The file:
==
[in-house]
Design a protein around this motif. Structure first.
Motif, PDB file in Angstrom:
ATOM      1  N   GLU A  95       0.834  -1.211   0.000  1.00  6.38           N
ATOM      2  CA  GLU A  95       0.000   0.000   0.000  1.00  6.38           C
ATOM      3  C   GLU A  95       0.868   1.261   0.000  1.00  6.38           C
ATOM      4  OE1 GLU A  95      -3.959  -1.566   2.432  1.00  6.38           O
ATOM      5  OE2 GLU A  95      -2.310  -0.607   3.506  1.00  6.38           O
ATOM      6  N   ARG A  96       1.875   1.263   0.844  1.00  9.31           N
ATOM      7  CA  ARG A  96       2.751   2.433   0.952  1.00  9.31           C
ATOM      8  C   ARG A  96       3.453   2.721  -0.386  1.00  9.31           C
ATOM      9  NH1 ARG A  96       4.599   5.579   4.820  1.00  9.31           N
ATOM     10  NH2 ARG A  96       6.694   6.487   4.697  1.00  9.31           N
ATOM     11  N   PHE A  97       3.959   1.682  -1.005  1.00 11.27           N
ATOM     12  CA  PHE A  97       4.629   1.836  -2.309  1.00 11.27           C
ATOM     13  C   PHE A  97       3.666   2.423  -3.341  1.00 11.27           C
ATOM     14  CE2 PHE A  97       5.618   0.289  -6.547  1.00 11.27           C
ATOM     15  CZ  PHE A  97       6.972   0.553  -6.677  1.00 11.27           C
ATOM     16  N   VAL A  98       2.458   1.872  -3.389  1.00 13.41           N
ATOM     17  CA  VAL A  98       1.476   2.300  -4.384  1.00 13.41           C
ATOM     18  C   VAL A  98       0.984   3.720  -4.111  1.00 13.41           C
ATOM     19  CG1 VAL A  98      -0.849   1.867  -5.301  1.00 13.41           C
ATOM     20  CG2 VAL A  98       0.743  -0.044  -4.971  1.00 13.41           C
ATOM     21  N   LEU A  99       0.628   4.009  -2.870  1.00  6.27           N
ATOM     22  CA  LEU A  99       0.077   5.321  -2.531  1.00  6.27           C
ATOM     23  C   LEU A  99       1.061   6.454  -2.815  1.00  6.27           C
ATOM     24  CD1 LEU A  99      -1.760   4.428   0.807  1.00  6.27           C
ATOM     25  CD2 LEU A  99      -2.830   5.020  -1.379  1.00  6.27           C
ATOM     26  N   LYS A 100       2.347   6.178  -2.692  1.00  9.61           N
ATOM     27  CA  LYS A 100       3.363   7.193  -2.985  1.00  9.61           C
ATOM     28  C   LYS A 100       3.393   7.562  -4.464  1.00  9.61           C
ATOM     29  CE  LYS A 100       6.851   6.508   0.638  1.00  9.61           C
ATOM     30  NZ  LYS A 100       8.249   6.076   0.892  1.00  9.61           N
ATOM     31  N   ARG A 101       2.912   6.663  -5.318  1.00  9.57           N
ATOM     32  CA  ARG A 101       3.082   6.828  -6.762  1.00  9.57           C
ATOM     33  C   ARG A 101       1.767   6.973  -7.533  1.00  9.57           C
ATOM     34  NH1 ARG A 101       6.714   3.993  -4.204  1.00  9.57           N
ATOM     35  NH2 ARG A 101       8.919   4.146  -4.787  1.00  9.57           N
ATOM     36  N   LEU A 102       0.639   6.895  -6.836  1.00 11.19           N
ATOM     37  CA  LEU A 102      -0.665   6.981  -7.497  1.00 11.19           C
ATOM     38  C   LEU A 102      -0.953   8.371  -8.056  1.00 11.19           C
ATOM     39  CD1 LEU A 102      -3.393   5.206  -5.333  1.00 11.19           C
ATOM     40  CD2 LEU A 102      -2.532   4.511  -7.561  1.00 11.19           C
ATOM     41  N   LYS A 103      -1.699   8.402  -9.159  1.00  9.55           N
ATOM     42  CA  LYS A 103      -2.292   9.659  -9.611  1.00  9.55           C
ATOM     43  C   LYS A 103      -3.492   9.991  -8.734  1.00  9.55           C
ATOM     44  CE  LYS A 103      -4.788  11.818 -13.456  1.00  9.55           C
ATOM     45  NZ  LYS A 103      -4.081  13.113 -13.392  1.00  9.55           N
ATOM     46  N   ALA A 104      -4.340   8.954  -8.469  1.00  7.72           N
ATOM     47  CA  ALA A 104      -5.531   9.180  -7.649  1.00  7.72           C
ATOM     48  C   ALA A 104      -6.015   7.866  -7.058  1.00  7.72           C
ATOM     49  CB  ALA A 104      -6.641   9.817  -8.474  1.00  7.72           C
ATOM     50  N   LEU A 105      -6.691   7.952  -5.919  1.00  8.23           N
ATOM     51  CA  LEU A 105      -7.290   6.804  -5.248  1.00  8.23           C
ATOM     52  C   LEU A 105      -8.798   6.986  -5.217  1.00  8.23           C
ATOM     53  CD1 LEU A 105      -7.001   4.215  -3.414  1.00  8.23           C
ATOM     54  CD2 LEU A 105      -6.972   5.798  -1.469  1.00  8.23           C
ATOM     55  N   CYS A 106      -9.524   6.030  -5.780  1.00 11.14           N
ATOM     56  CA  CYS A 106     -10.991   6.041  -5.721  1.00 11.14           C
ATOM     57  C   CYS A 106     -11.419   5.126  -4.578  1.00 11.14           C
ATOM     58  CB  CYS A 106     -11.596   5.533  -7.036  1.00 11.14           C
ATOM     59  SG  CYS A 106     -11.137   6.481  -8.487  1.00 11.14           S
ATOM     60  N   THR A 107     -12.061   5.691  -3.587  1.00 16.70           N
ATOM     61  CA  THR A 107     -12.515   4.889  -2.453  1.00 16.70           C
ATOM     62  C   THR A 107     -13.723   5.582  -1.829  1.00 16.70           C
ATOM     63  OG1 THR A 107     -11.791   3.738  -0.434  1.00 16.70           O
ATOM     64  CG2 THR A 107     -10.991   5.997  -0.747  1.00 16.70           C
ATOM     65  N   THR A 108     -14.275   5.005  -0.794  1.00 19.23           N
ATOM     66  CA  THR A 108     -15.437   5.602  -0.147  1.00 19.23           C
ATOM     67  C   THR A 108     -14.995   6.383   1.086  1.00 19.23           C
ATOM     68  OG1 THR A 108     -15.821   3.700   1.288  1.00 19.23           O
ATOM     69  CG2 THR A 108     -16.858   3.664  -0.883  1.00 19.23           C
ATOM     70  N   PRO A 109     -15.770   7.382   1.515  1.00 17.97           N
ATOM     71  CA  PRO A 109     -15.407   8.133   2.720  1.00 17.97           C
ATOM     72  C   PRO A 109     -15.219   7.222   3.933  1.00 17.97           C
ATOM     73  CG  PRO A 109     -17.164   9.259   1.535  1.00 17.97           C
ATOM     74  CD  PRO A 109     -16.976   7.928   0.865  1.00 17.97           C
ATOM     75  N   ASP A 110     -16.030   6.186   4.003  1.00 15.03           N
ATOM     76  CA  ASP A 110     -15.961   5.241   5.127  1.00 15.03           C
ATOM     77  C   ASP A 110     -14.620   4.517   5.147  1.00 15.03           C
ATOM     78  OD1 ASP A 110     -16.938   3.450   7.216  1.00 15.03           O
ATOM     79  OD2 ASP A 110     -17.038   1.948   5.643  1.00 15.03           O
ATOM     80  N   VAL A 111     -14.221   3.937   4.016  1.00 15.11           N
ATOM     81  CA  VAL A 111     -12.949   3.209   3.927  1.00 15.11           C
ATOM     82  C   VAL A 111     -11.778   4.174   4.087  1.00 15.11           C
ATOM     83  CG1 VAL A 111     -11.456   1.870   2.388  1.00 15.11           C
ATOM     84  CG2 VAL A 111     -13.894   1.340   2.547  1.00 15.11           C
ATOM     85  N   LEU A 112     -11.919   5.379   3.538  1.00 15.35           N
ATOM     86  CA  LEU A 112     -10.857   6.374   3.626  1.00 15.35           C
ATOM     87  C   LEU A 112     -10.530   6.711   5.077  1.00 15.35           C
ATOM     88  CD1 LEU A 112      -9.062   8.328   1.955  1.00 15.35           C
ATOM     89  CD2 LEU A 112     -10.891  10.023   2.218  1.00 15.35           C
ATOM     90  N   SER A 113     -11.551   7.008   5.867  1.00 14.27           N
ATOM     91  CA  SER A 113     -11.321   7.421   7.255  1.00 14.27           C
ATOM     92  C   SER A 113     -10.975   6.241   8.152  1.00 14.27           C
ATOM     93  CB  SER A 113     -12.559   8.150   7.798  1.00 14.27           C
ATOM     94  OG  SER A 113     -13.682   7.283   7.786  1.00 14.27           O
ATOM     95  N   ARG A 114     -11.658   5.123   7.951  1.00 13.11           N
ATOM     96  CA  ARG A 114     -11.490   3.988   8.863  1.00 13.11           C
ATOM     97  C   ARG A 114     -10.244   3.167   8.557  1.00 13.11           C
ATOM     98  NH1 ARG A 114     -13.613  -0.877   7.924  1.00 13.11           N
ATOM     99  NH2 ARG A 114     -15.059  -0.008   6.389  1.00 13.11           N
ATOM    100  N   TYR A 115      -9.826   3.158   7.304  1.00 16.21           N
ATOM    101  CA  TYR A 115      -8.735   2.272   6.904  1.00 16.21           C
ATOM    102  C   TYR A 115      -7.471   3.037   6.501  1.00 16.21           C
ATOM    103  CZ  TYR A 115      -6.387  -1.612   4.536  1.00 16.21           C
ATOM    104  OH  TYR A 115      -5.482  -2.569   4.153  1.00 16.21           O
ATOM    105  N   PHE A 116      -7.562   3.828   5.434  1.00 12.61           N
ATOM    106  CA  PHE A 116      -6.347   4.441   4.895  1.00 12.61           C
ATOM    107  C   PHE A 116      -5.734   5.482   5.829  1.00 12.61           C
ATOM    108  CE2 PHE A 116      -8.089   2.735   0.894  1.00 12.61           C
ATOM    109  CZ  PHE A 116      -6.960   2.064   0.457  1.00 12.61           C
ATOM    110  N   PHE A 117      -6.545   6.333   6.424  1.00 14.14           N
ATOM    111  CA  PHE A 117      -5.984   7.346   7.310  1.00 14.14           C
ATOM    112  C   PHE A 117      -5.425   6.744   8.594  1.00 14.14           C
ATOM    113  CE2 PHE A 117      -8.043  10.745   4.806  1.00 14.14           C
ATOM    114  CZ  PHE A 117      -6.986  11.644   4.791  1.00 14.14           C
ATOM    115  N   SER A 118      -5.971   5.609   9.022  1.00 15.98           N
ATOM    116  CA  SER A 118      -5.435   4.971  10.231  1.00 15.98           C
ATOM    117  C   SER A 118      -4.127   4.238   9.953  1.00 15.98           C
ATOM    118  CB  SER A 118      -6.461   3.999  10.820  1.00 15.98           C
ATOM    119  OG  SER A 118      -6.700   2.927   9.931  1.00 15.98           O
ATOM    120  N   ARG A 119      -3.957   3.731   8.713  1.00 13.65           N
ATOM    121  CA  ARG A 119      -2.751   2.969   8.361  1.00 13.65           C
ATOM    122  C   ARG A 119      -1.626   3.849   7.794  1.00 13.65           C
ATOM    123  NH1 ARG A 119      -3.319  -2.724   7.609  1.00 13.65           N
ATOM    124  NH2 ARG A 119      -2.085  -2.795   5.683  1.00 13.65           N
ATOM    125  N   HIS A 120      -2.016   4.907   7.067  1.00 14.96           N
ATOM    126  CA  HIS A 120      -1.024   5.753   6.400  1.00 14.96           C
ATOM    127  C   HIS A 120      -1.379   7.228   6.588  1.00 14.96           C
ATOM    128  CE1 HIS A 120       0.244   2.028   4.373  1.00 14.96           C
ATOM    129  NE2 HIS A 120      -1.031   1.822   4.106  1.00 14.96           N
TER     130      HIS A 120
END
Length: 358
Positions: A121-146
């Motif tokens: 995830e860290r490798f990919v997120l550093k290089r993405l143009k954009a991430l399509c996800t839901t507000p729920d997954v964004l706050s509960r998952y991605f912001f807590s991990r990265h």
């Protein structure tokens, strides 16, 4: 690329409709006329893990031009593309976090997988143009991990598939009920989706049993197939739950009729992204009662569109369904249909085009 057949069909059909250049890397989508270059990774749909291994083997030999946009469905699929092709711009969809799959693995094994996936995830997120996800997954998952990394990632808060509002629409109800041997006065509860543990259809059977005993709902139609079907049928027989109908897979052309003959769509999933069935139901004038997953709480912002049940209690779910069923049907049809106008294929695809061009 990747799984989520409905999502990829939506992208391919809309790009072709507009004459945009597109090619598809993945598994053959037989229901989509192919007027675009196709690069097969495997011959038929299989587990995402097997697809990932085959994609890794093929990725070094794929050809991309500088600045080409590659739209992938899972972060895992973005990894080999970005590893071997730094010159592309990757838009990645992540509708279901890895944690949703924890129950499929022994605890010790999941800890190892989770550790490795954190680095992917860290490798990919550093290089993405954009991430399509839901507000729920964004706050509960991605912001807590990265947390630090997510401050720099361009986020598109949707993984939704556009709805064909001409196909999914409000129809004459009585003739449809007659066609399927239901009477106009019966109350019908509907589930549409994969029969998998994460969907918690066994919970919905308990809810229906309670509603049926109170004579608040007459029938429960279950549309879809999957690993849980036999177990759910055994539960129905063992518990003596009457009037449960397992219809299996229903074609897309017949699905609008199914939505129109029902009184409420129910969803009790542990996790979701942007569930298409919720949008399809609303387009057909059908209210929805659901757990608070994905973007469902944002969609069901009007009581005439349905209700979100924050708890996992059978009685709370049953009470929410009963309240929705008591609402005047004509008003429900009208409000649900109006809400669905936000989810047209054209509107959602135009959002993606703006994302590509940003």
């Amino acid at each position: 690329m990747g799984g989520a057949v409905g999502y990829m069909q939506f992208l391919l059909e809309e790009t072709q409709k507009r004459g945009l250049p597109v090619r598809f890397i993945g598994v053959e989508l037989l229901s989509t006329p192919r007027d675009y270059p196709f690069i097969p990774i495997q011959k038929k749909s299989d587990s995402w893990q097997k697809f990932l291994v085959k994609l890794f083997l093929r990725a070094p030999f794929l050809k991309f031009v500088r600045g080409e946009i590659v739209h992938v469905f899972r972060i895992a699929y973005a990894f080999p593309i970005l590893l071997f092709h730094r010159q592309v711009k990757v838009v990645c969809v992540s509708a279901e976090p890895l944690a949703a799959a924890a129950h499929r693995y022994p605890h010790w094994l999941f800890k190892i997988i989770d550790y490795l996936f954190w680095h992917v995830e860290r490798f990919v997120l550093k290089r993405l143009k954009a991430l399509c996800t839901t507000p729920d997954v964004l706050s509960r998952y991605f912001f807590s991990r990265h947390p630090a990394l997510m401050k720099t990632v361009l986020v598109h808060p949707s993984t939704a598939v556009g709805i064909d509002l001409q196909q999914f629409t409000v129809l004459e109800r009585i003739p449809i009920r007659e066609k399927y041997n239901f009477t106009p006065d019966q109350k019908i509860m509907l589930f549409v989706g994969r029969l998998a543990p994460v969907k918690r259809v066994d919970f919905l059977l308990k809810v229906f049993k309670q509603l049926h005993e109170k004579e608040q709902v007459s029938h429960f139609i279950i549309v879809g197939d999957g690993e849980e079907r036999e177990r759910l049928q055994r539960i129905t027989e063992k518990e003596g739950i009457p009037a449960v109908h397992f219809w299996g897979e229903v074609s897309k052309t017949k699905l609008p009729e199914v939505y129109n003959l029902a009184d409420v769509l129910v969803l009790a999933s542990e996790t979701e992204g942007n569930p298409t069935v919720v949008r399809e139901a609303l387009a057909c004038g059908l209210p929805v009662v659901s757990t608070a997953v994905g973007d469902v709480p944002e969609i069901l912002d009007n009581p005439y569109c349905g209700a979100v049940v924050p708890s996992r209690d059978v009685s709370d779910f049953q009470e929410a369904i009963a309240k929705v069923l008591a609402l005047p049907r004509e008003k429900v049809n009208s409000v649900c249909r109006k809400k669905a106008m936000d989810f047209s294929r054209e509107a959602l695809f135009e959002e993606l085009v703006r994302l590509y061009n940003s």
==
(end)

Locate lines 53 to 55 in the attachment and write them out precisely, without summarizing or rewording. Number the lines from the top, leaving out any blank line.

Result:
ATOM     50  N   LEU A 105      -6.691   7.952  -5.919  1.00  8.23           N
ATOM     51  CA  LEU A 105      -7.290   6.804  -5.248  1.00  8.23           C
ATOM     52  C   LEU A 105      -8.798   6.986  -5.217  1.00  8.23           C